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Specialization And The Skill Premium In The 20th Century

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  • Matthew F. Mitchell

Abstract

The skill premium fell substantially in the first part of the 20th century and then rose at the end of the century. I argue that these changes are connected to the organization of production. When production is organized into large plants, jobs become routinized, favoring less-skilled workers. A model is introduced that parameterizes capital's ability to do many tasks, that is, capital's flexibility. When calibrated to data on the distribution of plant sizes, the model can account for between half and two-thirds of the movement in the skill premium over the century. Copyright 2005 by the Economics Department Of The University Of Pennsylvania And Osaka University Institute Of Social And Economic Research Association.

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Bibliographic Info

Article provided by Department of Economics, University of Pennsylvania and Osaka University Institute of Social and Economic Research Association in its journal International Economic Review.

Volume (Year): 46 (2005)
Issue (Month): 3 (08)
Pages: 935-955

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Handle: RePEc:ier:iecrev:v:46:y:2005:i:3:p:935-955

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  1. Acemoglu, Daron, 1997. "Why Do New Technologies Complement Skills? Directed Technical Change and Wage Inequality," CEPR Discussion Papers 1707, C.E.P.R. Discussion Papers.
  2. Ellen R. McGrattan & Edward C. Prescott, 2000. "Is the stock market overvalued?," Quarterly Review, Federal Reserve Bank of Minneapolis, issue Fall, pages 20-40.
  3. Markus Mobius & Raphael Schoenle, 2006. "The Evolution of Work," NBER Working Papers 12694, National Bureau of Economic Research, Inc.
  4. Gort, M. & Greenwood, J. & Rupert, P., 1998. "Measuring the Rate of Technological Progress in Structures," RCER Working Papers 457, University of Rochester - Center for Economic Research (RCER).
  5. Charles Brown & James L. Medoff, 1989. "The Employer Size-Wage Effect," NBER Working Papers 2870, National Bureau of Economic Research, Inc.
  6. Griliches, Zvi, 1969. "Capital-Skill Complementarity," The Review of Economics and Statistics, MIT Press, vol. 51(4), pages 465-68, November.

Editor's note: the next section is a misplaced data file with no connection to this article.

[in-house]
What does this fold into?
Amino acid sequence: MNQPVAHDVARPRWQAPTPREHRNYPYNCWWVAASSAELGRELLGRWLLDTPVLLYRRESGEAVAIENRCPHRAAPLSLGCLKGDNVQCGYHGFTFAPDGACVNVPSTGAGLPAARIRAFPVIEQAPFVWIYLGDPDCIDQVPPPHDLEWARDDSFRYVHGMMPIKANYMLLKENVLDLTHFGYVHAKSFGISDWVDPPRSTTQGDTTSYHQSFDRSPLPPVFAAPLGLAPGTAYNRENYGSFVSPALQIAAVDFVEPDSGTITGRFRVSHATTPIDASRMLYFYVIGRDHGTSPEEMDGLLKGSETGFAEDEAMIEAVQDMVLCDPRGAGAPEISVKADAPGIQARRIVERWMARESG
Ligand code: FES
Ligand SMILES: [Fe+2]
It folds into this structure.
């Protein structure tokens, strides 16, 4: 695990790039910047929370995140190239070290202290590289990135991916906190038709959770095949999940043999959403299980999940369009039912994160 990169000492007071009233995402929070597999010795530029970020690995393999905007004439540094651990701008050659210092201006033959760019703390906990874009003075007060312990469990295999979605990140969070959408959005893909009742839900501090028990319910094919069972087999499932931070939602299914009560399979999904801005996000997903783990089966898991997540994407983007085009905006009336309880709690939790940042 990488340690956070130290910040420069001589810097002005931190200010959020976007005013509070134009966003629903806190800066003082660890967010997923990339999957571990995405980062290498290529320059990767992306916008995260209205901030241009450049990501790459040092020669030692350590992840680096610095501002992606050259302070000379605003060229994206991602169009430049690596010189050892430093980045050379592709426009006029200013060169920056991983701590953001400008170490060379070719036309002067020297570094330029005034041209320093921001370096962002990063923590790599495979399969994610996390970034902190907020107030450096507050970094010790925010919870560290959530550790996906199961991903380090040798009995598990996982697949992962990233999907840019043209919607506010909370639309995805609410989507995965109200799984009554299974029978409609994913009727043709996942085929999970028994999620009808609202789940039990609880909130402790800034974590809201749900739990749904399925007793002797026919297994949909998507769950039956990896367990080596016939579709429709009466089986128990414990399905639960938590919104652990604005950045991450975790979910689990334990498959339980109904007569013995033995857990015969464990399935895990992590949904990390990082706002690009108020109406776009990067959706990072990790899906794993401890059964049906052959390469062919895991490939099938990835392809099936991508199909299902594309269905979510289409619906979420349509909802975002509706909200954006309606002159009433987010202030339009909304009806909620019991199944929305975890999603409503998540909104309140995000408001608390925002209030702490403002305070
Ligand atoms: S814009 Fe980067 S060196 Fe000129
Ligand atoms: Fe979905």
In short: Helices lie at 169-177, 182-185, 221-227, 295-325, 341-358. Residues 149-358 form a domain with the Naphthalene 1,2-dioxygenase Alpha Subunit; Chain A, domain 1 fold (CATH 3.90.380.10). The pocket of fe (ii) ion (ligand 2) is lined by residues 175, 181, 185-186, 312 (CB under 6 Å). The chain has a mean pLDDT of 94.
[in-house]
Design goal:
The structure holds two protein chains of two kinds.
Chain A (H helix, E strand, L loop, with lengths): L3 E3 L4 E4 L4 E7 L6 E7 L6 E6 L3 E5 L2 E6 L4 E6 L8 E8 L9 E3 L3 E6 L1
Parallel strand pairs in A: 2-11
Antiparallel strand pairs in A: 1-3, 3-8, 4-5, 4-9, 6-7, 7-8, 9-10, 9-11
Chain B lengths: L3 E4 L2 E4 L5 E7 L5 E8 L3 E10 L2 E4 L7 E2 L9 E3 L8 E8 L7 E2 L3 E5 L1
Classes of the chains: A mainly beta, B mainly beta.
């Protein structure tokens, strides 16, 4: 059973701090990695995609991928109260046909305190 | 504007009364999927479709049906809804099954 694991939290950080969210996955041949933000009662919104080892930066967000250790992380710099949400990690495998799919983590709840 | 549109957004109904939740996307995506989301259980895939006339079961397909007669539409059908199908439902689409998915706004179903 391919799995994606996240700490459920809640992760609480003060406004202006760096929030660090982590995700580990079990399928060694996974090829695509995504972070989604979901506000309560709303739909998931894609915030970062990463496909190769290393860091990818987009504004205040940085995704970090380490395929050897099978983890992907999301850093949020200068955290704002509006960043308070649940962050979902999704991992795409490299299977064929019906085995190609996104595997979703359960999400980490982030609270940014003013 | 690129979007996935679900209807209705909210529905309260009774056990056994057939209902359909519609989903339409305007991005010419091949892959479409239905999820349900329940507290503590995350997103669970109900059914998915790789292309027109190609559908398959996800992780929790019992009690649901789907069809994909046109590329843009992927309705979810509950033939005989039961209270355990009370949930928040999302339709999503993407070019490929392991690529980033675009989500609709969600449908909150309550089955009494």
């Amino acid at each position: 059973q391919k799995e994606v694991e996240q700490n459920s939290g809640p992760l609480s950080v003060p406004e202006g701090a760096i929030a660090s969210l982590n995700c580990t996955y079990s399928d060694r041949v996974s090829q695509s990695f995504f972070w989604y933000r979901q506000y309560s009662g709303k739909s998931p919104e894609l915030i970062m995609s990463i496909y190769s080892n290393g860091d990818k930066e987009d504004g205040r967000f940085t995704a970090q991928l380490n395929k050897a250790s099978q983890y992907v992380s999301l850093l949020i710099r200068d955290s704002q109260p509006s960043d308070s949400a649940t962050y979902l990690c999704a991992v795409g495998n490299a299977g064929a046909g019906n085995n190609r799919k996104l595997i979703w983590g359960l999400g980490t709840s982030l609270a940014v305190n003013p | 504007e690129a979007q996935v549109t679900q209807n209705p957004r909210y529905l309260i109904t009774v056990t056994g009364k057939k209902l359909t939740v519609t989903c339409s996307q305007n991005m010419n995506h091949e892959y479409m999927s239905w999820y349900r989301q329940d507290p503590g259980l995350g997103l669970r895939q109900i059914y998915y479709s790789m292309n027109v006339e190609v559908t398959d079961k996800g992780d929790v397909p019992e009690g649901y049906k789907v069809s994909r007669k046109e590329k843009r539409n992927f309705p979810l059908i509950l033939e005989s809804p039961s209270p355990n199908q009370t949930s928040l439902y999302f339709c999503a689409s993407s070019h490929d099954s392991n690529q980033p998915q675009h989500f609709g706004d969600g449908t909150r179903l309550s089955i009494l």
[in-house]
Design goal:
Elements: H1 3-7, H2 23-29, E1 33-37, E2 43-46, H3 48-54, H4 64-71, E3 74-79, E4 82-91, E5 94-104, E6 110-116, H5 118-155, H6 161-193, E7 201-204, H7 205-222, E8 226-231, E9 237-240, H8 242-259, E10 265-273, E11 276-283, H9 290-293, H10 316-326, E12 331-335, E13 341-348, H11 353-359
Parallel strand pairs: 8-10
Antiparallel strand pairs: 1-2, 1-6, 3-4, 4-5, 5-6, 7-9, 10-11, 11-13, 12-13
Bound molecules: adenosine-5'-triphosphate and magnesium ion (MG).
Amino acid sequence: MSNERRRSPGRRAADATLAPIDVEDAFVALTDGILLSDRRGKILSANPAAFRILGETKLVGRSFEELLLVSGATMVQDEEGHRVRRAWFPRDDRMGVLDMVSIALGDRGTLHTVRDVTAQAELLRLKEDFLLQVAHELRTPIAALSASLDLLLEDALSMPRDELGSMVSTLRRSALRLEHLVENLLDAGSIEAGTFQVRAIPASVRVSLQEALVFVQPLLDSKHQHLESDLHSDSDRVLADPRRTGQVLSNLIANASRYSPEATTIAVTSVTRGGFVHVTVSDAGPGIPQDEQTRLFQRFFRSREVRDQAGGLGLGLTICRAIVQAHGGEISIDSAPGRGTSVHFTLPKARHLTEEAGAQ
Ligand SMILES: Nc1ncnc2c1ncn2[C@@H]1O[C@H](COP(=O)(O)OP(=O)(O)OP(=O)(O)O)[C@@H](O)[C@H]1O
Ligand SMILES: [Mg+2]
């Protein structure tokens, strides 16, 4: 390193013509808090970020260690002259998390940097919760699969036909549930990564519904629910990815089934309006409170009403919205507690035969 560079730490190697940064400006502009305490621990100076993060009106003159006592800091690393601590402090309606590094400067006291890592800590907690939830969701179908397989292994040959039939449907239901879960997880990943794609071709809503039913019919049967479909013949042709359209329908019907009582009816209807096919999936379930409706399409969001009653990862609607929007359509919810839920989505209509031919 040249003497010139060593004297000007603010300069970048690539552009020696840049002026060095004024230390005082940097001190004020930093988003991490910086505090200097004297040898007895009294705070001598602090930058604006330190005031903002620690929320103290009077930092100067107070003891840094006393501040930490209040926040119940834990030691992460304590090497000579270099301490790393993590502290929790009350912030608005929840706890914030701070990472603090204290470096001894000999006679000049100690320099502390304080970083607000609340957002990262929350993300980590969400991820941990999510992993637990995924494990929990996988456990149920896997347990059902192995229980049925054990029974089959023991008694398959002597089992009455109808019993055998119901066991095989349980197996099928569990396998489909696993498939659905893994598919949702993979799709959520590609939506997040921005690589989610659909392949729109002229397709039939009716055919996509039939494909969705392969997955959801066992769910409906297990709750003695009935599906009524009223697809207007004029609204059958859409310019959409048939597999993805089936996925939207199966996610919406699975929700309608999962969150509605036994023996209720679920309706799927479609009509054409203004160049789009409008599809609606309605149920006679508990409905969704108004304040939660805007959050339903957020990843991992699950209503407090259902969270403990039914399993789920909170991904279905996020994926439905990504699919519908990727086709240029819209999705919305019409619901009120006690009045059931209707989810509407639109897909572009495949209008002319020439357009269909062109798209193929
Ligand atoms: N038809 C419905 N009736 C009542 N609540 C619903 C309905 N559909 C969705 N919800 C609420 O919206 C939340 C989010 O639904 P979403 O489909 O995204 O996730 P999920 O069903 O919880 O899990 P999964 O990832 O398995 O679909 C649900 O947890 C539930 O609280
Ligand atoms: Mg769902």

7. Timothy Dunne & Lucia Foster & John Haltiwanger & Kenneth Troske, 2000. "Wage and Productivity Dispersion in U.S. Manufacturing: The Role of Computer Investment," Working Papers 00-01, Center for Economic Studies, U.S. Census Bureau.
  8. Per Krusell & Lee E. Ohanian & JosÈ-Victor RÌos-Rull & Giovanni L. Violante, 2000. "Capital-Skill Complementarity and Inequality: A Macroeconomic Analysis," Econometrica, Econometric Society, vol. 68(5), pages 1029-1054, September.
  9. Milgrom, Paul & Roberts, John, 1990. "The Economics of Modern Manufacturing: Technology, Strategy, and Organization," American Economic Review, American Economic Association, vol. 80(3), pages 511-28, June.
  10. David Thesmar & Mathias Thoenig, 2000. "Creative Destruction And Firm Organization Choice," The Quarterly Journal of Economics, MIT Press, vol. 115(4), pages 1201-1237, November.
  11. Claudia Goldin & Lawrence F. Katz, 1996. "The Origins of Technology-Skill Complementarity," NBER Working Papers 5657, National Bureau of Economic Research, Inc.
  12. Francesco Caselli, 1999. "Technological Revolutions," American Economic Review, American Economic Association, vol. 89(1), pages 78-102, March.
  13. Ingram, Beth F. & Neumann, George R., 2006. "The returns to skill," Labour Economics, Elsevier, vol. 13(1), pages 35-59, February.
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Cited by:
  1. Hynninen, Sanna-Mari & Ojala, Jari & Pehkonen, Jaakko, 2013. "Technological change and wage premiums: Historical evidence from linked employer–employee data," Labour Economics, Elsevier, vol. 24(C), pages 1-11.
  2. Thomas J. Holmes & Matthew F. Mitchell, 2008. "A theory of factor allocation and plant size," RAND Journal of Economics, RAND Corporation, vol. 39(2), pages 329-351.
  3. Sandén, Klas, 2007. "Shutdown Threats, Firm Fragmentation and the Skill Premium," Working Papers in Economics 265, University of Gothenburg, Department of Economics.
  4. Kurokawa, Yoshinori, 2006. "Trade and Variety-Skill Complementarity: A Simple Trade-Based Resolution of Wage Inequality Anomaly," MPRA Paper 14011, University Library of Munich, Germany.
  5. Richard Walker, 2005. "Superstars and Renaissance Men: Specialization, Market Size and the Income Distribution," CEP Discussion Papers dp0707, Centre for Economic Performance, LSE.
  6. Volker Meier & Ioana Cosmina Schiopu, 2012. "Optimal Higher Education Enrollment and Productivity Externalities in a Two-Sector Model," CESifo Working Paper Series 3889, CESifo Group Munich.
  7. Kurokawa, Yoshinori, 2010. "Fixed cost, number of firms, and skill premium: An alternative source for rising wage inequality," Economics Letters, Elsevier, vol. 108(2), pages 141-144, August.
  8. Sushanta K. Mallick & Ricardo M. Sousa, 2012. "Is Technology Factor-Neutral? Evidence from the US Manufacturing Sector," NIPE Working Papers 26/2012, NIPE - Universidade do Minho.
  9. Yoshinori Kurokawa, 2011. "Variety-skill complementarity: a simple resolution of the trade-wage inequality anomaly," Economic Theory, Springer, vol. 46(2), pages 297-325, February.
  10. Gangopadhyay, Kausik & Nishimura, Atsushi & Pal, Rupayan, 2012. "Co-movement of skill premium and stock prices," Working Papers 2012-024, Madras School of Economics,Chennai,India.
  11. Andreas Hornstein & Per Krusell & Giovanni L. Violante, 2005. "The Effects of Technical Change on Labor Market Inequalities," Working Papers 89, Princeton University, Department of Economics, Center for Economic Policy Studies..

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